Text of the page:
(b) For purposes of par. (a), the harvesting boundaries may be identified by any of the following methods:
1. By use of a compass and measuring device or by use of a global position system if the identification is conducted by a person trained in the method used and if the identification is based on an established survey corner as specified in par. (c). If a global positioning system is used, it shall be accurate to plus or minus 2 meters.
2. By use of a method established by rule by the department.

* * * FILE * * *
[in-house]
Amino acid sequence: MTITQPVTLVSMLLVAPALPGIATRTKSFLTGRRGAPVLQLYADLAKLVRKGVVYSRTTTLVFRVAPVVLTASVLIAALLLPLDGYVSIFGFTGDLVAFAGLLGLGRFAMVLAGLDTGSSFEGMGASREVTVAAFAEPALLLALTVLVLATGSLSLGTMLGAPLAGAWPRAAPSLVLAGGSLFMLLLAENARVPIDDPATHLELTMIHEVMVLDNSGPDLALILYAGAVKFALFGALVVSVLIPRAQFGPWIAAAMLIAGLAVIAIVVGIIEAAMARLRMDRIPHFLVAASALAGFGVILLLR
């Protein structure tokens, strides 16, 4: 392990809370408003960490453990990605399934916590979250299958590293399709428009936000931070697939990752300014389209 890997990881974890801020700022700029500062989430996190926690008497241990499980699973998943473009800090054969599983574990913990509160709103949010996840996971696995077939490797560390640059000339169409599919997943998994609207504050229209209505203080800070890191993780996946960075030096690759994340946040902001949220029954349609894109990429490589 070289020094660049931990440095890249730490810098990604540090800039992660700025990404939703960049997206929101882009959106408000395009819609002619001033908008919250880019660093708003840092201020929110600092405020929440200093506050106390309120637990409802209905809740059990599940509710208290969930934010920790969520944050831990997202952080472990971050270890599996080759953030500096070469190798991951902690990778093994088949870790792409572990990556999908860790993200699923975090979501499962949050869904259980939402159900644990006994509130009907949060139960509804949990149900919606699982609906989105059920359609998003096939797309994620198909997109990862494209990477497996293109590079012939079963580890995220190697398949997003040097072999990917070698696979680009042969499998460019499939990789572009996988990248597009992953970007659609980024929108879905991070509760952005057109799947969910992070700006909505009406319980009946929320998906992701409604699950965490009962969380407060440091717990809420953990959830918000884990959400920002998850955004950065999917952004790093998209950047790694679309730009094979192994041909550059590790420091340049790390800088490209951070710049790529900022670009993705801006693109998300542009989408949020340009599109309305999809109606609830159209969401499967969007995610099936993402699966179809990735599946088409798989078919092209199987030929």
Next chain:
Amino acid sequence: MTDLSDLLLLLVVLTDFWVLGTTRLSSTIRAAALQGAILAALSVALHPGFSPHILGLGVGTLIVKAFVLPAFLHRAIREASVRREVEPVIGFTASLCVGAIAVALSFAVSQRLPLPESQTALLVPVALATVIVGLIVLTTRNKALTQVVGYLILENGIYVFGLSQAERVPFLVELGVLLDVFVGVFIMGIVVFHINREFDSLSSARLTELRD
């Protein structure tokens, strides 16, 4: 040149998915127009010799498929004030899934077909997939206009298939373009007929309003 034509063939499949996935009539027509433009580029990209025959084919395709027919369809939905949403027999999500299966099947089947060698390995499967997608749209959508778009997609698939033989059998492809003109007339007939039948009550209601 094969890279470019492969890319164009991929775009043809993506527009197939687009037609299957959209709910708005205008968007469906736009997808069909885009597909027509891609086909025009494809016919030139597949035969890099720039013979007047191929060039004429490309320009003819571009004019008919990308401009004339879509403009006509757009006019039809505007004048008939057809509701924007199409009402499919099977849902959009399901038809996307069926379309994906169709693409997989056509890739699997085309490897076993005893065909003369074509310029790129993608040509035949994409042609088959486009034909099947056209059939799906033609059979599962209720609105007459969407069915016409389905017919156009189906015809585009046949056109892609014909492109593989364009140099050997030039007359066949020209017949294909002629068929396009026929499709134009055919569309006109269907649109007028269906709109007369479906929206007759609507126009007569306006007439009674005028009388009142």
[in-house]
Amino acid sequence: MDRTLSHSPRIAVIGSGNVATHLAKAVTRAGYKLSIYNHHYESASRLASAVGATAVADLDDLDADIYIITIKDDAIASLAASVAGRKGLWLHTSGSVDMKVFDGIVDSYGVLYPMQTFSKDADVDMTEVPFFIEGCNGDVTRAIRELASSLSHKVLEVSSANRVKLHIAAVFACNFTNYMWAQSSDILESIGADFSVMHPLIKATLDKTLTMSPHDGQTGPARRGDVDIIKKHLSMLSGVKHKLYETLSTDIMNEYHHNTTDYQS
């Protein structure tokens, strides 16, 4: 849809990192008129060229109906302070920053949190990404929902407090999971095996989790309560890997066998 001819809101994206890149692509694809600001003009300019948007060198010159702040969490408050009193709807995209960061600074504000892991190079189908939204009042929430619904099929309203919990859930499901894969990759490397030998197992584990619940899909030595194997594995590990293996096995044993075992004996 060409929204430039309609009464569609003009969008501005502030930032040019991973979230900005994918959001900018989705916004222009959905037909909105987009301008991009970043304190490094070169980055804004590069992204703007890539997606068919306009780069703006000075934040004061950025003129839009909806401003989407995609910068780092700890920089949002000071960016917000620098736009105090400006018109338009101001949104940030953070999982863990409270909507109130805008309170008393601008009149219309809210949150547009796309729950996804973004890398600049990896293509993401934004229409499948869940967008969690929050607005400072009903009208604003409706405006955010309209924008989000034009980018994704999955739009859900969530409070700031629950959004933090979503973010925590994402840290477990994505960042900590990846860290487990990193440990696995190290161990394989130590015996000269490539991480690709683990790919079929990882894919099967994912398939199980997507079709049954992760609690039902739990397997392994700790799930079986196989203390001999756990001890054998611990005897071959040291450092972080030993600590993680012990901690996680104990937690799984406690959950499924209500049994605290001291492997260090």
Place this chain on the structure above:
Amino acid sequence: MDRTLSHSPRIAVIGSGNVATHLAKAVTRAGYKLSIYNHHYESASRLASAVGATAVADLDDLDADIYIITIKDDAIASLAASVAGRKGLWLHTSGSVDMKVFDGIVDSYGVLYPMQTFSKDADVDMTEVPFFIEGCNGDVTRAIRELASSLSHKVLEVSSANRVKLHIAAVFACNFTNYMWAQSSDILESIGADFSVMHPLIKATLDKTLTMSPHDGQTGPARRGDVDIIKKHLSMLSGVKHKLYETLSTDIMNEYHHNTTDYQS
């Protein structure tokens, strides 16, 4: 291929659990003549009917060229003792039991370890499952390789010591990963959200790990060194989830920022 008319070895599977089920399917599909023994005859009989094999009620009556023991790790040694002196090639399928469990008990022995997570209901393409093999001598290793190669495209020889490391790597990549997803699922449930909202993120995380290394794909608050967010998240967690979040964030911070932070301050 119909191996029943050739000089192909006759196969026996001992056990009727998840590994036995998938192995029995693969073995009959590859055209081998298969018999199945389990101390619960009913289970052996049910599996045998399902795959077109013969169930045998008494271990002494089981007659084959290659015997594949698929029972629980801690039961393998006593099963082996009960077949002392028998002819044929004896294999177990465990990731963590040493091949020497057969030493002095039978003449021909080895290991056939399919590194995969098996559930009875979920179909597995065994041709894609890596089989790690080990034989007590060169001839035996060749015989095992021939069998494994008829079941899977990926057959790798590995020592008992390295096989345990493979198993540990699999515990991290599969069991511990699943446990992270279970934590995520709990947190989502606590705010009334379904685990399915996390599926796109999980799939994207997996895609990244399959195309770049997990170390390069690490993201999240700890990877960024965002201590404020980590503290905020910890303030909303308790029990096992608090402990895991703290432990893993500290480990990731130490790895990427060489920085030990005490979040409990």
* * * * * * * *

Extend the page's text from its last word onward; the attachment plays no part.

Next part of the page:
(c) A survey corner is an established survey corner for purposes of par. (b) if it is part of a U.S. government survey plat and it is used to determine one or more boundaries of a subdivision. The survey corner may be evidenced by a monument or other marking that was placed at the time that the survey was conducted or, if the monument or marker is no longer visible or in existence, the position of the survey corner may be reconstructed by doing one of the following:
1. Using a reference to a description contained in applicable surveying field notes or other supplemental surveying record.
2. Locating the survey corner by use of physical evidence or witness testimony.